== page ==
The Texas Policy Evaluation Project (TxPEP) is a collaborative group of university-based investigators who evaluate the impact of legislation in Texas related to women’s reproductive health. Based at The University of Texas at Austin Population Research Center, the project began in 2011 and includes collaborators from UT Austin as well as other universities and research organizations. Study areas include policy changes related to the provision of family planning and abortion care in Texas.
TxPEP’s mission is to conduct methodologically principled research assessing the impact of reproductive health policies and programs in the state of Texas and to communicate the results to a broad audience through peer-reviewed scientific publications, research briefs, and other materials.
History of TxPEP
TxPEP began in the fall of 2011 with the purpose of documenting and evaluating the impact of reproductive health legislation passed by the 82nd Texas Legislature. Those measures included:
- Large cuts to state family planning funding programs in the 2012-2013 budget as well as changes in the eligibility of organizations to participate in those programs
- HB 15, a law requiring that women undergo a mandatory sonogram at least 24 hours before an abortion
TxPEP research continued after the 83rd legislative session in 2013, when the legislature added funding streams for family planning to the 2014-15 budget and passed HB 2, an omnibus bill restricting abortion care that was introduced in a special legislative session in summer 2013. HB 2 placed limits on medication abortion, banned abortion after 20 weeks “post-fertilization,” and required abortion providers to have hospital admitting privileges and meet the standards of ambulatory surgical centers (ASCs).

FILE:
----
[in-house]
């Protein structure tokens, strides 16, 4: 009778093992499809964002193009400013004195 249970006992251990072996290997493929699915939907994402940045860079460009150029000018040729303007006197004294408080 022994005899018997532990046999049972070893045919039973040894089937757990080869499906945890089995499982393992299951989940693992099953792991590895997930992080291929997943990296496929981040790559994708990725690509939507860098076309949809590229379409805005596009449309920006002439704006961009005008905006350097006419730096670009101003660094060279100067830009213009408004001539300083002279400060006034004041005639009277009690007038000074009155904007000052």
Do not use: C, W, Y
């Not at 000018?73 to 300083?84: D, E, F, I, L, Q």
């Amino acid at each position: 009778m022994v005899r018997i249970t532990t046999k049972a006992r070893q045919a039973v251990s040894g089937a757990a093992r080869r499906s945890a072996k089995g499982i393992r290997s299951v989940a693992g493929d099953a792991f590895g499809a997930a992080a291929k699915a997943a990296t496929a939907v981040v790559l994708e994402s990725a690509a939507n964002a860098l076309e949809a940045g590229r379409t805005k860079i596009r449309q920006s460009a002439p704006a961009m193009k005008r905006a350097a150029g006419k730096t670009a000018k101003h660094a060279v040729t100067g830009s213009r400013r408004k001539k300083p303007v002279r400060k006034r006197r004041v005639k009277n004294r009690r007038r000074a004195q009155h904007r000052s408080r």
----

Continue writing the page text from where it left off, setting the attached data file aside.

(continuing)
In June 2016, the U.S. Supreme Court struck down the admitting privileges and ASC requirements in HB 2, citing TxPEP research findings in its ruling.
Our current research projects include studying the impact of the Supreme Court decision on abortion access in Texas, the effects of HB 3994 in restricting judicial bypass for teens seeking abortion care without parental consent, as well as the impact of the new and reorganized state family planning programs and the Medicaid rule change permitting reimbursement for immediate postpartum provision of long-acting reversible contraception.